6. Phil

    Sheila I have an answer to a question that you asked in the podcast surprised Carl didn’t have this answer it might confuse things but here it is: for the 50% of men who use porn and say they don’t have a problem yet you saying that when they see a woman in the shopping center and they say they don’t look or objectify what I have found is that because they don’t think they have a problem they don’t notice that they are consuming women in parking lots and shopping centers and everywhere they go so at least four in addiction world when men are recovering and women for that matter we say that the addiction is cunning and baffling so what happens is when people stop acting out masturbating going to sex clubs whatever things of that compound intense large nature is they start to notice that it’s a problem for them when they walk through the shopping center Lowe’s home Home Depot you know it’s a problem and it seemed it was never a problem before because They didn’t notice it because it was just a common thing for them. I see that over and over with guys all the time. so anyway I know the focus here is kind of a Christian-based theological reasoning and I got some more things to say on that but I have not gotten to that particular part of the podcast which I’m not through yet I wanted to get this answer out there for you

  7. Phil

    Also the examples that are were used and in the survey are quite real. And correctly stated as not normal. However on the level of addiction actually those types of stories are common. My understanding is that the author of every man’s battle comes from the addiction world so as was once said here on the blog previously just because you have the experience or me or I or whoever doesnt it mean it’s true for everyone in this case all guys.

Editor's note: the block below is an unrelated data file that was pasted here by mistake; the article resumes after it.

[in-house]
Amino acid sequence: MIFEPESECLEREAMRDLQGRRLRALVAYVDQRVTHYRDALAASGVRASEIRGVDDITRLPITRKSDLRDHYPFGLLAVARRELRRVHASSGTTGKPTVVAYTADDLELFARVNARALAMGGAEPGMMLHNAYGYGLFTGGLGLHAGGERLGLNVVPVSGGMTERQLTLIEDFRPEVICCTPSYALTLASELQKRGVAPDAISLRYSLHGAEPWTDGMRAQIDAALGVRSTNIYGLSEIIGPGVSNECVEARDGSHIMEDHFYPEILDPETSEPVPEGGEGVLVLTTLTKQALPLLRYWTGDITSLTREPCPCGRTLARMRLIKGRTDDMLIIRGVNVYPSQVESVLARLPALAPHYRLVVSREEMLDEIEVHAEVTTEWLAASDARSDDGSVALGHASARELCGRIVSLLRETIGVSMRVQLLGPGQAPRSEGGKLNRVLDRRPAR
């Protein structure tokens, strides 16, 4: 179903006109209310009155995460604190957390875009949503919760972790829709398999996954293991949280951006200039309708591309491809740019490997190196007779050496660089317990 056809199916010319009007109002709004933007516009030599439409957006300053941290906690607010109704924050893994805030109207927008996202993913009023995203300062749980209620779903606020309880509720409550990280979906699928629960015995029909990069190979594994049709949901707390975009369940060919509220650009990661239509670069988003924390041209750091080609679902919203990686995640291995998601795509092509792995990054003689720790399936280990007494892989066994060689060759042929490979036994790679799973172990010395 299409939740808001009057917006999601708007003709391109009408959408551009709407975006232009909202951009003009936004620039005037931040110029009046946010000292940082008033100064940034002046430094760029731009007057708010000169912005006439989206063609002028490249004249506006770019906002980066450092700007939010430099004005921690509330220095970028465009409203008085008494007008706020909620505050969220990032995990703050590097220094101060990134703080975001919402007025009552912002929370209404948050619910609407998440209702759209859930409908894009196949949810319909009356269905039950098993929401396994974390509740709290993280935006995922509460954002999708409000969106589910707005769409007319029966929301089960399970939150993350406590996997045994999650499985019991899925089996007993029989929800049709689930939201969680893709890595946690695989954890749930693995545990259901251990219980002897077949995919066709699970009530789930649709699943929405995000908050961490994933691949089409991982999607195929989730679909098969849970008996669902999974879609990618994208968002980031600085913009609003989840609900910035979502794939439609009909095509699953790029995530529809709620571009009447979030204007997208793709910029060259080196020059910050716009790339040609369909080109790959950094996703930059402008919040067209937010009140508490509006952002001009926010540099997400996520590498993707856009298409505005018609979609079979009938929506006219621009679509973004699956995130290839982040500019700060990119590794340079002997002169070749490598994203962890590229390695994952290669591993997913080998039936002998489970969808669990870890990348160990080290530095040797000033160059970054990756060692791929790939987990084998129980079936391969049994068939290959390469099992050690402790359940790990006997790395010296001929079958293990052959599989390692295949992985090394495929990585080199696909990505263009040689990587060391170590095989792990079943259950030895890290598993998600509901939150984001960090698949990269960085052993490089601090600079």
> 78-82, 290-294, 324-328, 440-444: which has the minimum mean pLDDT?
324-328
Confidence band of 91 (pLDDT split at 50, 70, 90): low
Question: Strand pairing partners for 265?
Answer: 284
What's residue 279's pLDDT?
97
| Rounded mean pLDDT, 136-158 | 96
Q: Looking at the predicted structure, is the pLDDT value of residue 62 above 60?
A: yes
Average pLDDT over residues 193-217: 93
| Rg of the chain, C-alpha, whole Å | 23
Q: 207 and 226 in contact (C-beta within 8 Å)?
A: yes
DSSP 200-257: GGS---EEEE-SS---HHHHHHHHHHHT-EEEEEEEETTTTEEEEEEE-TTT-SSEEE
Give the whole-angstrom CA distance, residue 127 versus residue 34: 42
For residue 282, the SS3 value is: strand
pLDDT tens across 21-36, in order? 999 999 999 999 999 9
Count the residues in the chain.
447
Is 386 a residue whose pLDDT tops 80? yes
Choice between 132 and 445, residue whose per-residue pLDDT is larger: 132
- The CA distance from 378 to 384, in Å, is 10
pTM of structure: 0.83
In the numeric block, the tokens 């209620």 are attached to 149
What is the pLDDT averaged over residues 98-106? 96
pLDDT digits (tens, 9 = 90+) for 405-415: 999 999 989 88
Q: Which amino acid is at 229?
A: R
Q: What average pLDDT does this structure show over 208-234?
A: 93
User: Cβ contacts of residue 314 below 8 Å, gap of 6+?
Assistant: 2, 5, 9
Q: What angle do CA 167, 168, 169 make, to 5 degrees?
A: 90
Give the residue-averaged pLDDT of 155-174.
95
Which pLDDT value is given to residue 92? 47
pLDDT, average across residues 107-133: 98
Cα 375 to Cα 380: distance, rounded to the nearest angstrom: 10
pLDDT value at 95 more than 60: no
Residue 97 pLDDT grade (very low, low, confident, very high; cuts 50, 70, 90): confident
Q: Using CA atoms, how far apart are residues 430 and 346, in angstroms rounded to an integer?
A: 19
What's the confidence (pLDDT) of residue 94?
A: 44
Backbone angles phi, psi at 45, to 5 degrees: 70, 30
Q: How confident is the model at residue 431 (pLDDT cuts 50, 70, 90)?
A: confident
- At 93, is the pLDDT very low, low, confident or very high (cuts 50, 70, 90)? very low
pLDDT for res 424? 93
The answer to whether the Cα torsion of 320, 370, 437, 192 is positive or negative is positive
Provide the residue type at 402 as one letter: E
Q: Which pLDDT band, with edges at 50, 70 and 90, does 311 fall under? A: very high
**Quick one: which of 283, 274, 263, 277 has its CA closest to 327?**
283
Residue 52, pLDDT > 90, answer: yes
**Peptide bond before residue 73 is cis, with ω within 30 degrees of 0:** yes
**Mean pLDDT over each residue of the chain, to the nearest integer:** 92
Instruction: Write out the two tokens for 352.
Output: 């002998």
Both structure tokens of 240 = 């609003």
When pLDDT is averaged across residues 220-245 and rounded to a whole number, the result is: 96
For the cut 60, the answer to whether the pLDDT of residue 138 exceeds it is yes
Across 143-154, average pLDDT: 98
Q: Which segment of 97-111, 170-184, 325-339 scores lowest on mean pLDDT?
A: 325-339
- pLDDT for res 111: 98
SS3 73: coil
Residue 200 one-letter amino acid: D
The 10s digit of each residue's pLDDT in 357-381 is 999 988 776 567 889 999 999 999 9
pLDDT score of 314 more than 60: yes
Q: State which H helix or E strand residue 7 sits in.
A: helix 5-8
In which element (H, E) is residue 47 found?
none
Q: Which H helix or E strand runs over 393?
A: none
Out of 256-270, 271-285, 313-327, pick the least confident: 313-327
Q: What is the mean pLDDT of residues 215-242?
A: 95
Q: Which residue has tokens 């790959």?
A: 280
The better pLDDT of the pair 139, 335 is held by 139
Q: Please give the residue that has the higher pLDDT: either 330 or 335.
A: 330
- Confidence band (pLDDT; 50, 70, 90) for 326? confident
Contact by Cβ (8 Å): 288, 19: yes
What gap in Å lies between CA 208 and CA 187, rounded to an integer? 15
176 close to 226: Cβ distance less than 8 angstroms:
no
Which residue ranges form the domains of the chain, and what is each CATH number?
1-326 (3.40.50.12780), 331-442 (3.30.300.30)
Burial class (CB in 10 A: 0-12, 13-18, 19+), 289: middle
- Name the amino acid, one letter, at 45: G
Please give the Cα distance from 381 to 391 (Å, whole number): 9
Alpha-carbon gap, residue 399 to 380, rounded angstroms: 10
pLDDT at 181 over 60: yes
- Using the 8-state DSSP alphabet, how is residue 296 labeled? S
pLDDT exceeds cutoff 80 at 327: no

8. Lisa

    I was so glad to hear you state my thoughts. So many women are sleep deprived. Studies show that mothers have less downtime than fathers, get less sleep, and have less time for health and leisure. If she’d rather sleep, try sleeping more. And yes, that might mean that he has to act like a parent and take turns getting up early to get the kids fed and ready. Or take turns putting them to bed and making sure all the evening tasks are accomplished. Someone who is getting enough sleep (some people need 9 hours, not 8) but still feels tired all the time should talk to their health care provider. Some women have undiagnosed hypothyroidism or depression.

  9. Jon